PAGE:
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Black & Decker BDCDD220C Instruction Manual page 3

20v max cordless drill
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Use of dust collection can reduce
dust-related hazards.
a) Do not force the power tool. Use
the correct power tool for your
application. The correct power tool will
do the job better and safer at the rate
for which it was designed.
b) Do not use the power tool if the
switch does not turn it on and
off. Any power tool that cannot
be controlled with the switch is
dangerous and must be repaired.
c) Disconnect the plug from the
power source and/or the battery
pack from the power tool before
making any adjustments, changing
accessories, or storing power
tools. Such preventive safety
measures reduce the risk of starting
the power tool accidentally.
d) Store idle power tools out of the reach
of children and do not allow persons
unfamiliar with the power tool or
these instructions to operate the
power tool. Power tools are dangerous
in the hands of untrained users.
e) Maintain power tools. Check for
misalignment or binding of moving
parts, breakage of parts and any
other condition that may affect the
power tool's operation. If damaged,
have the power tool repaired before
use. Many accidents are caused by
poorly maintained power tools.
f) Keep cutting tools sharp and clean.
Properly maintained cutting tools with
sharp cutting edges are less likely to
bind and are easier to control.
g) Use the power tool, accessories
and tool bits, etc. in accordance
with these instructions, taking into
account the working conditions
and the work to be performed.
Use of the power tool for operations
different from those intended could
result in a hazardous situation.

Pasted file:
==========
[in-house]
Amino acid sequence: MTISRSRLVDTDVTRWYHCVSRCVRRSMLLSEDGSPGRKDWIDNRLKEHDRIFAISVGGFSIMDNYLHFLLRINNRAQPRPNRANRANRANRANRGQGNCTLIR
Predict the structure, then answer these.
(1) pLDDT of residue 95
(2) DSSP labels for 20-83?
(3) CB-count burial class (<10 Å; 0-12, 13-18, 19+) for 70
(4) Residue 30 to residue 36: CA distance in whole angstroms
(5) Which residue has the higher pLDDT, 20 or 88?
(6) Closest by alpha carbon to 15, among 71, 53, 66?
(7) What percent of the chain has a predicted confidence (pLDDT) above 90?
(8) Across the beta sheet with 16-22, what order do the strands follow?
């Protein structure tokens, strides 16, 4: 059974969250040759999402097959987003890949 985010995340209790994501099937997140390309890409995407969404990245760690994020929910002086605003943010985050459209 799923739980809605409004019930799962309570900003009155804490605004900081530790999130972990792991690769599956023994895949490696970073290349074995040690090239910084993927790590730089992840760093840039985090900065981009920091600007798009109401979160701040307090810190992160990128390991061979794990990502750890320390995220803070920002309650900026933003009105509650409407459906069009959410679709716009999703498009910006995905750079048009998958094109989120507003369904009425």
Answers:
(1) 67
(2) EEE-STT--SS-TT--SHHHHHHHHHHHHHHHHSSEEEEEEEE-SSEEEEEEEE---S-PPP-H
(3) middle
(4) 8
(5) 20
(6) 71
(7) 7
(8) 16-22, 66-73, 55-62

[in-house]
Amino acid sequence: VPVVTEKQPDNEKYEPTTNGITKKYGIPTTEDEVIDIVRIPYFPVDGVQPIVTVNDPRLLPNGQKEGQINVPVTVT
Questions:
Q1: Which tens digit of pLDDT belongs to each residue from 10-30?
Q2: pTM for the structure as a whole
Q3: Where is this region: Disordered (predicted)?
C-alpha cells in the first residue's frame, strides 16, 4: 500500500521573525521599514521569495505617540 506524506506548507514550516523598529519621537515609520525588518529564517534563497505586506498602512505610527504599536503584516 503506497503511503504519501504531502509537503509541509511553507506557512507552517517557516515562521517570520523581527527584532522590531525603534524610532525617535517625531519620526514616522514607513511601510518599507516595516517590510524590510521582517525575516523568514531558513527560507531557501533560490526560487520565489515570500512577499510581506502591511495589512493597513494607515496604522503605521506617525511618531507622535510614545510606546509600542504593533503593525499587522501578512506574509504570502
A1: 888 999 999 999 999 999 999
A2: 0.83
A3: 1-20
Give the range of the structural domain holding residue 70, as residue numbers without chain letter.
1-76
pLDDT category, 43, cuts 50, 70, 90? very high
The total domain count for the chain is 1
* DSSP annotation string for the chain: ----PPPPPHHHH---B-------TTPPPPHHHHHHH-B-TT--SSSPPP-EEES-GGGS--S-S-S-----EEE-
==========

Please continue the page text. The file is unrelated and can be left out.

a) Recharge only with the charger
specified by the manufacturer. A
charger that is suitable for one type of
battery pack may create a risk of fire
when used with another battery pack.
b) Use power tools only with
specifically designated battery
packs. Use of any other battery packs
may create a risk of injury and fire.
c) When battery pack is not in use,
keep it away from other metal
objects like paper clips, coins, keys,
nails, screws, or other small metal
objects that can make a connection
from one terminal to another.
Shorting the battery terminals together
may cause burns or a fire.
d) Under abusive conditions,
liquid may be ejected from the
battery, avoid contact. If contact
accidentally occurs, flush with
water. If liquid contacts eyes,
additionally seek medical help.
Liquid ejected from the battery may
cause irritation or burns.
a) Have your power tool serviced by a
qualified repair person using only
identical replacement parts. This will
ensure that the safety of the power
tool is maintained.
Specific Safety Rules
• Hold power tool by insulated gripping
surfaces, when performing an
operation where the cutting accessory
may contact hidden wiring. Cutting
accessory contacting a "live" wire may
make exposed metal parts of the power
tool "live" and could give the operator an
electric shock.
• Use auxiliary handle(s) if supplied
with the tool. Loss of control can cause
personal injury.
• Use clamps or another practical way
to secure and support the work piece
to a stable platform. Holding the work
by hand or against your body leaves it
unstable and may lead to loss of control.
• When not in use, place tool on its side
on a stable surface where it will not
cause a tripping or falling hazard. Some
tools with large battery packs will stand
upright but may be easily knocked over.
• Keep your hair, clothing, and gloves
away from air vents and moving parts.
Air vents often cover moving parts in
which these items can be caught.
• Hold tool firmly with two hands,
one hand on the handle, and the other
gripping the bottom around the battery
area. Use auxiliary handle if provided.
Loss of control can cause personal injury.
power sanding, sawing, grinding,
drilling, and other construction
activities contains chemicals known to
the State of California to cause cancer,
birth defects or other reproductive
harm. Some examples of these
chemicals are:
• lead from lead-based paints,
• crystalline silica from bricks and cement
and other masonry products, and
• arsenic and chromium from
chemically-treated lumber.
Your risk from these exposures varies,
depending on how often you do this type
of work. To reduce your exposure to these
chemicals: work in a well ventilated area,
Some dust created by

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